Even before Boule, the discovery of Neanderthal and subsequently Cro-Magnon skeletal remains had become intermixed with racial theories. This was because the skeletal remains of Cro-Magnons were considered to be anatomically those of modern man, while Neanderthals were heavier boned with sloping skulls. Historically, there seems to be no typically Neanderthal remains discovered for perhaps the last 20,000 to 30,000 years. It wasn’t implausible to believe they had become extinct and further that they had lost a battle of survival with the Cro-Magnons, due to the superiority of the Cro-Magnon (modern human) strain. These discoveries were so exciting to the populace in general that it led to many popular depictions of both species. The Neanderthals were depicted as darker skinned, with ape-like bodies and faces. The depictions were strikingly similar to the caricatures of Africans also popular then.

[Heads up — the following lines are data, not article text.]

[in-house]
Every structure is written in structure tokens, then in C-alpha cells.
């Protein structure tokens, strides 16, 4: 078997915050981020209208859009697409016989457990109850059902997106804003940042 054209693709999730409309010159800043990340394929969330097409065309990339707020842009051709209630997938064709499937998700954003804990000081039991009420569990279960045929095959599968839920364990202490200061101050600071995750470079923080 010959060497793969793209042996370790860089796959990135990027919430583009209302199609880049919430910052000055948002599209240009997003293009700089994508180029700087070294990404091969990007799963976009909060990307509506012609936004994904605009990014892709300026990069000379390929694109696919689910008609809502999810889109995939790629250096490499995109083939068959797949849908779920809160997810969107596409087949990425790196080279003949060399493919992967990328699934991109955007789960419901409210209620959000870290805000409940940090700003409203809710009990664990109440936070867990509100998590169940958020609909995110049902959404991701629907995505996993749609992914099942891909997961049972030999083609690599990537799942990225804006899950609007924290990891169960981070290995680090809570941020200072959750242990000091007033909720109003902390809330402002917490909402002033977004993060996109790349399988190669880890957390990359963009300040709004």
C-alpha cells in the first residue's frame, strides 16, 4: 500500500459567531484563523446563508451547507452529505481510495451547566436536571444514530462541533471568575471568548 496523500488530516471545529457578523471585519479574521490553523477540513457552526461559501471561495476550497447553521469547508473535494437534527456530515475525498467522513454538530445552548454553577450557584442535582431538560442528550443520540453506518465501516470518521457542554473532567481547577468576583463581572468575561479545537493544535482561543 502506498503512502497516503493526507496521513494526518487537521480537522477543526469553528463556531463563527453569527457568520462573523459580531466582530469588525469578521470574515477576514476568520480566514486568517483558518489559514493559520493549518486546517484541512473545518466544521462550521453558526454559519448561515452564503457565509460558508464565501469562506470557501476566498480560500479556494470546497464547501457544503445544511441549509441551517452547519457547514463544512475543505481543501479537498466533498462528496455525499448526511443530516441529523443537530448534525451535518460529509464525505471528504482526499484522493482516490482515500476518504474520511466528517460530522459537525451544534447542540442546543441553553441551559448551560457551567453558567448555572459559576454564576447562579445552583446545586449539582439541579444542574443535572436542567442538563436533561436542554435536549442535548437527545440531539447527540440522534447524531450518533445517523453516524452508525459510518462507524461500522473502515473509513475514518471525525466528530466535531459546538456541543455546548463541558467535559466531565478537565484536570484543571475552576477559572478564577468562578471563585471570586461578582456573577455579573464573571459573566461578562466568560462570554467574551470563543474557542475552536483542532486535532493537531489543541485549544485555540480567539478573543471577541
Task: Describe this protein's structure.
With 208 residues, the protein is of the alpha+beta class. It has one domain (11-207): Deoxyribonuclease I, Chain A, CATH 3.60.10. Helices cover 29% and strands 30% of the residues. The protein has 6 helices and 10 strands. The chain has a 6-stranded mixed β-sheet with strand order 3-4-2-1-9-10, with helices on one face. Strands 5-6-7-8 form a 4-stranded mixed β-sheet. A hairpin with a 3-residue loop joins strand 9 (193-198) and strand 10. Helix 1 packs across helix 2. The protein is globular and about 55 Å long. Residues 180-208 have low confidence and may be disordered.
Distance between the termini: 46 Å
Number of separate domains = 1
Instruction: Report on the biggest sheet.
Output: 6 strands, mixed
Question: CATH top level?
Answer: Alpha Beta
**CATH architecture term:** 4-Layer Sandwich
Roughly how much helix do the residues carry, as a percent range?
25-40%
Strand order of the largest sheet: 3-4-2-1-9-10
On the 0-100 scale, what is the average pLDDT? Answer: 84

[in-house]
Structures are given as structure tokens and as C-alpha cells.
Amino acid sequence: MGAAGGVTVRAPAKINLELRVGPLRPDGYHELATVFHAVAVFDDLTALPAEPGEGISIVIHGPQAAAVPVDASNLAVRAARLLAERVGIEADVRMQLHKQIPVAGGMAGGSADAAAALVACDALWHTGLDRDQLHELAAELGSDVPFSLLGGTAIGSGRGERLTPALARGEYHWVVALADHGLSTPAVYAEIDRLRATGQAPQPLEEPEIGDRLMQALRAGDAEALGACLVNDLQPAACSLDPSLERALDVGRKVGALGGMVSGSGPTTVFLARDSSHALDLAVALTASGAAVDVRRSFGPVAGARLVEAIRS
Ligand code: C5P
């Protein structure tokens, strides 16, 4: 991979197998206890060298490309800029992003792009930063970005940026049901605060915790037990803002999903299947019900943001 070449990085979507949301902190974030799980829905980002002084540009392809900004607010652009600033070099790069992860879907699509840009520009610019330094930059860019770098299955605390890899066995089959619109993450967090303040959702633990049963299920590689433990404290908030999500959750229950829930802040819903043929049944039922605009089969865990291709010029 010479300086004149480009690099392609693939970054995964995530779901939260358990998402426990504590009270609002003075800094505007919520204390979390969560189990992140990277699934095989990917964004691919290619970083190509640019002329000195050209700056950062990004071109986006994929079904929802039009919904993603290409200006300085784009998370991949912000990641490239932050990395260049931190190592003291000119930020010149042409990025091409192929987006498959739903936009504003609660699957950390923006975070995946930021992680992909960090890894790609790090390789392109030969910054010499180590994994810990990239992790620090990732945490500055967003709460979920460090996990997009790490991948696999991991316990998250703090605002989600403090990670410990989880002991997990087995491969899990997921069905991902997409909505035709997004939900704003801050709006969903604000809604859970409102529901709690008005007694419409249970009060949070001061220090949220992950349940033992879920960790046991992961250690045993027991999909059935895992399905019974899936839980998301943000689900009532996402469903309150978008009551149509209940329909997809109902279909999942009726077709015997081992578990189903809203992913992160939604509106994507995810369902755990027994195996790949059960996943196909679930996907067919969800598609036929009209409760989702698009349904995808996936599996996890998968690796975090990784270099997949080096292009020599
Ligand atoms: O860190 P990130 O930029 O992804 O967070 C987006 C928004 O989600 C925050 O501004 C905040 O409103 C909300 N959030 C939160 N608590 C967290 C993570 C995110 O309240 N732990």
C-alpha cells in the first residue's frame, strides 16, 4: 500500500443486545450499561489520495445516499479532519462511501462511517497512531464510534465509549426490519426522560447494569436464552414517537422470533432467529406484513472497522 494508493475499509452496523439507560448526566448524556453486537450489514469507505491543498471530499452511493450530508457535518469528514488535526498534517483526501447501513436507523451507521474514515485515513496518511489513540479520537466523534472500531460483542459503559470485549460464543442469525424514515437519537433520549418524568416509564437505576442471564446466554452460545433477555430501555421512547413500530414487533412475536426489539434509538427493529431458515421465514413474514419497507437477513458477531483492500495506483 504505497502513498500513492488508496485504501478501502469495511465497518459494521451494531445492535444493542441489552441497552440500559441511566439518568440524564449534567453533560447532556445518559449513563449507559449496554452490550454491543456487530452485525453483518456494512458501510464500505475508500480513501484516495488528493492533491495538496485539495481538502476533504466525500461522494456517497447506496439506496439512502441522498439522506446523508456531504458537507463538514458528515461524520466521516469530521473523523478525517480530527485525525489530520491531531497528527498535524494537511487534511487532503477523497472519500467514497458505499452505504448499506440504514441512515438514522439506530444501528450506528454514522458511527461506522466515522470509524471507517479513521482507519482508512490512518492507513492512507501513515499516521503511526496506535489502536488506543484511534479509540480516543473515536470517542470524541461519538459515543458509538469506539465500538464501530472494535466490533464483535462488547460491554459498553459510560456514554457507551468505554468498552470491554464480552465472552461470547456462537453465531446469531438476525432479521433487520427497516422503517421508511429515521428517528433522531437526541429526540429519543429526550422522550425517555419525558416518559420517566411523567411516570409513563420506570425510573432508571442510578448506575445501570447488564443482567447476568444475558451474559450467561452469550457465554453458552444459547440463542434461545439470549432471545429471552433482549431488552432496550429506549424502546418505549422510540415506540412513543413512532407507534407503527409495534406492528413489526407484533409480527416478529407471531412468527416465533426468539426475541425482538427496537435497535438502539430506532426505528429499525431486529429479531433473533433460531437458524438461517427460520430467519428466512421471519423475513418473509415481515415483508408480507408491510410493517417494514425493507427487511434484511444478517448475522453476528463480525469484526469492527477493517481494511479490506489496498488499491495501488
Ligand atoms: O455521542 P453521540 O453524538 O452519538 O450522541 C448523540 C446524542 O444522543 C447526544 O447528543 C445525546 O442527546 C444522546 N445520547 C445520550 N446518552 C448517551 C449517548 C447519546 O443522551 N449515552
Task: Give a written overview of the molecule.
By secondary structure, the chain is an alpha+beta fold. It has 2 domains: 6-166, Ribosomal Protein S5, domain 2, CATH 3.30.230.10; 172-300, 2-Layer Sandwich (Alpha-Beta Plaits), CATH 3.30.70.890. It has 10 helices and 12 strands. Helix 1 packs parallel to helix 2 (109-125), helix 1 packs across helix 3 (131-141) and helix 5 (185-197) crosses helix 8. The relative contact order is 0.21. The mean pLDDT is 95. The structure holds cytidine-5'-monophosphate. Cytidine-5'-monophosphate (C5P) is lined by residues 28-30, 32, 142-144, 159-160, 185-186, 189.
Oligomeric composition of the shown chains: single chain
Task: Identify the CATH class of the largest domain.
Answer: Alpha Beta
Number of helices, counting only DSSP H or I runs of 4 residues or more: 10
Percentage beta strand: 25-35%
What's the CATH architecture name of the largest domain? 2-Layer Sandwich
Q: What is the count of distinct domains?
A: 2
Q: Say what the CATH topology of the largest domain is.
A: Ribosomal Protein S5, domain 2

It is little wonder to me that the theories of Neanderthal extinction dovetailed completely into the Social Darwinist concept of survival of the fittest, among what they wrongly characterized as “races” and conflated with ethnicity. With Social Darwinist undertones, it became the dominant theory among anthropologists and paleontologists that the Neanderthal was more primitive socially, technologically and intellectually. This led to their extinction, whether by direct violence or an inability to compete for the necessities of life. Anthropology, Archaeology and Paleontology have always been of great interest to me intellectually. In my readings, one of the most striking things I’ve noticed is the reticence of these sciences to explore or accept new ideas that go against the group’s common wisdom. There is a stultification of ideas in these sciences as the current “stars” of their firmament feel threatened by new ideas that challenge careers spent advocating particular beliefs. Just as Schliemann’s theory that Troy was real was ridiculed by the then Archaeological Establishment, only to be proven correct, so was any suggestion that the Neanderthal may have interbred with the Cro-Magnon’s and modern humans may represent the hybrids of this interbreeding.